In accordance with various embodiments, after determining that the patient is asleep, the ITCS device 140 monitors one or more respiration-related signals to detect sleep disordered breathing. A disordered breathing detector 150 may detect disordered breathing by sensing and analyzing various physiological and/or non-physiological conditions associated with disordered breathing. Detection of disordered breathing may involve comparing one condition or multiple conditions to one or more thresholds or other indices indicative of disordered breathing.

In one embodiment, the DB detector 150 detects disordered breathing by analyzing the patient's respiration patterns as described in more detail below. Patient respiration may be sensed using an implanted or patient-external sensor. For example, implantable methods of sensing patient respiration may involve the use of an implantable transthoracic impedance sensor and/or an implantable blood gas sensor. Patient-external methods of sensing patient respiration may involve the use of devices such as a respiratory belt or external air-flow meter. Communications between an internal ITCS device 140 and one or more patient-external sensors or systems may be facilitated using a variety of known approaches, such as various wireless communications protocols (e.g., short-range RF protocols, such as a Bluetooth protocol).

If disordered breathing is detected during sleep, the DB therapy controller 158 of the ITCS device 140 may perform a number of operations. Such operations may vary depending on the particular features provided or otherwise enabled by a given ITCS device 140 for a particular patient. These operations may involve relatively simple processes (e.g., storing and/or telemetering disordered breathing sensor data), moderately complex processes (e.g., classifying and/or confirming disordered breathing, reporting or alerting disordered breathing events locally or remotely via an advanced patient management system (APM), or more sophisticated processes (treatment of disordered breathing by ITCS device 140 or a combination of the ITCS device 140 and another implantable or patient-external device, such as a CPAP device 166).

By way of example, an alarm unit 152 of the ITCS device 140 may generate an alert to arouse the patient or patient's caregiver, such as an auditory tone, a vibration, and/or other appropriate indicators. The alert may be generated immediately or otherwise contemporaneously with detection of the sleep disordered breathing.

In one scenario, the alert is directed to the patient, for example, to awaken the patient from sleep and thus end the sleep apnea episode. In another scenario, the alert is directed to the patient's caregiver, so that the caregiver can wake the patient or provide an appropriate therapy, for example. In one implementation, a signal may be transmitted from an implantable device to a patient monitoring station used by the patient's caregiver. The patient monitoring station may generate an alert, e.g., an audible alarm or visual alarm, responsive to the detection of the sleep disordered breathing. Additional details of an ITCS device embodiment that includes sleep disordered breathing alarm functionality are disclosed in commonly owned, co-pending U.S. patent application entitled “Sleep Disordered Breathing Alert System,” filed Mar. 4, 2004 under Attorney Docket No. GUID.100PA and assigned Ser. No. 10/793,177, which is hereby incorporated herein by reference.

In another scenario, upon detection of sleep disordered breathing, the DB therapy controller 158 of the ITCS device 140 may initiate delivery of an appropriate therapy to alleviate the disordered breathing. Various types of therapies may be delivered by the ITCS device 140. In one implementation, detection of sleep disordered breathing may trigger the application of cardiac electrical stimulation therapy for disordered breathing, such as may be coordinated by the cardiac stimulation controller 146 of the ITCS device 140. Methods and systems for providing cardiac electrical stimulation therapy for sleep disordered breathing are described in commonly owned U.S. patent application Ser. No. 10/643,203, filed Aug. 18, 2003 and hereby incorporated herein by reference.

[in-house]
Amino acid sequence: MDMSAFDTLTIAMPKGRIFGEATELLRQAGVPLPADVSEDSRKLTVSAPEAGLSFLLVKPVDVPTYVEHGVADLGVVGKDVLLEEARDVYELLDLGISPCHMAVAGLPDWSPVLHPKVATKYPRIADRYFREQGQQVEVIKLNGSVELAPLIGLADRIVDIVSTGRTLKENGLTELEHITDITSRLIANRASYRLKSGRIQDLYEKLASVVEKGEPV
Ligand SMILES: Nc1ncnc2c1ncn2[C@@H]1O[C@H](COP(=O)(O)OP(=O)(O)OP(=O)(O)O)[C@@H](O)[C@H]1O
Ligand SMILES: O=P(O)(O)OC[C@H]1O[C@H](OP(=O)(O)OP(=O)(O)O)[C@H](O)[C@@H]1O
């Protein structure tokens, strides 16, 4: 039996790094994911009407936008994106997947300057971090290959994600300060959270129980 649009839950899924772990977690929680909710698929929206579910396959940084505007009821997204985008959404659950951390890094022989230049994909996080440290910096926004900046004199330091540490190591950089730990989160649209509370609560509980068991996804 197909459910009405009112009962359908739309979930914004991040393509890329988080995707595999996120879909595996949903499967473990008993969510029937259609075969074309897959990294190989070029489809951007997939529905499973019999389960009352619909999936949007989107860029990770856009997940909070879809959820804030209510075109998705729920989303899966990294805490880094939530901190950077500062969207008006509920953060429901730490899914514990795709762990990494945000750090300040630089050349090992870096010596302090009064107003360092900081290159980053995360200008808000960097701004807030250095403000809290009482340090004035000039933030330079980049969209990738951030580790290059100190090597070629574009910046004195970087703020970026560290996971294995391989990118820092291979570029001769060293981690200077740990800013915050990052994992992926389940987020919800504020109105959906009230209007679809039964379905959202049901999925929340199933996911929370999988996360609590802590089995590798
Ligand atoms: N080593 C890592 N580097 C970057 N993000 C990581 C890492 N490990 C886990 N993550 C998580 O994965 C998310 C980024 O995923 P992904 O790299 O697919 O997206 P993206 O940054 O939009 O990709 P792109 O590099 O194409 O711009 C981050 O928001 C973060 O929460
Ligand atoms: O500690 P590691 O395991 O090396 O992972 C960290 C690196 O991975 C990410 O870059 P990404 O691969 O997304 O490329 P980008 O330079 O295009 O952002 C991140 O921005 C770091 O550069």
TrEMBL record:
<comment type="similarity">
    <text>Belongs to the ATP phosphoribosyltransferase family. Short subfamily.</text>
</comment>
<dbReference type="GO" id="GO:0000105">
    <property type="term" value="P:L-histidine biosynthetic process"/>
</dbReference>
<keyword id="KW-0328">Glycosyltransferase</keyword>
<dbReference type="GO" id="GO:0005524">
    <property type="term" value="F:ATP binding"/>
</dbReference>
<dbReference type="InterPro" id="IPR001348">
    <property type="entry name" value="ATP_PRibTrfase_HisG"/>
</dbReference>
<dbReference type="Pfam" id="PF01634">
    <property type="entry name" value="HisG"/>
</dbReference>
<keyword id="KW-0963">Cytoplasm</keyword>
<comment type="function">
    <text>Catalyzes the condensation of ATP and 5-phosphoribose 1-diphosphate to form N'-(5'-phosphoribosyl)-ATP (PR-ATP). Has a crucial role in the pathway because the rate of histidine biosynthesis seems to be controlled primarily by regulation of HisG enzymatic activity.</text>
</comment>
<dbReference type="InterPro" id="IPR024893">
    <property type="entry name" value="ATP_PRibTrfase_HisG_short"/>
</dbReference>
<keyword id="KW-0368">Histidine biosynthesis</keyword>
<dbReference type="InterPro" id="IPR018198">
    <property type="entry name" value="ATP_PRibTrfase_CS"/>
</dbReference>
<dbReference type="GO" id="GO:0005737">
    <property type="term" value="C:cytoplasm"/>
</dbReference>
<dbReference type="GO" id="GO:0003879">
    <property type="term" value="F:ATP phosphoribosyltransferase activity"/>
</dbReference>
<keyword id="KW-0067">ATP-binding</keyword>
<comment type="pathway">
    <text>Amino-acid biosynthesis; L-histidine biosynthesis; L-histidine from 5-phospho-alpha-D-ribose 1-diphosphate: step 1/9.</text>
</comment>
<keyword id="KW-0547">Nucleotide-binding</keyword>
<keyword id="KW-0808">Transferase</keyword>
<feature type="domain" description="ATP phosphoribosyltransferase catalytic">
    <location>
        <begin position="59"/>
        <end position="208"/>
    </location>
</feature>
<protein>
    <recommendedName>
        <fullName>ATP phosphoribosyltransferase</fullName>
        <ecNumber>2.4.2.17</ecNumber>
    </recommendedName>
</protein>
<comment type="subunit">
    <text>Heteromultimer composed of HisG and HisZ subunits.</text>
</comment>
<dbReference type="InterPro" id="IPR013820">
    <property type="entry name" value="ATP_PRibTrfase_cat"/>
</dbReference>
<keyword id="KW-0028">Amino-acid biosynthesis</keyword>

Cardiac pacing during periods of sleep or wakefulness may reduce incidents of disordered breathing. Various embodiments discussed herein relate to systems and methods for delivering and adapting an effective cardiac electrical therapy to mitigate disordered breathing. Such a therapy may be adapted, for example, to achieve an overall level of therapy efficacy. The therapy may be adapted to provide a tiered therapy capable of achieving a variety of therapeutic goals. For example, the therapy may be adapted to prevent further disordered breathing episodes, to terminate a detected disordered breathing episode, and/or to achieve a desired reduction in the overall frequency and/or severity of disordered breathing episodes. The cardiac electrical therapy may also be adapted to provide a therapy that balances therapeutic goals with conservation of device life, for example.

The therapy may be adapted to adjust the impact of the therapy on the patient, for example, to reduce the impact of the therapy on the patient. In adapting a reduced impact therapy, the system may take into account various conditions for evaluating the impact of the therapy on the patient. For example, conditions such as patient comfort, as indicated by patient feedback, undesirable side effects, stress on physiological systems involved in the disordered breathing therapy, interaction with cardiac pacing algorithms, e.g., bradycardia pacing, cardiac resynchronization pacing and/or anti-tachycardia pacing, as determined by interactive effects of the disordered breathing therapy with cardiac pacing, and/or sleep quality, as measured by one or more sleep quality indices, may be taken into account to adapt a therapy that reduces an impact of the therapy on the patient.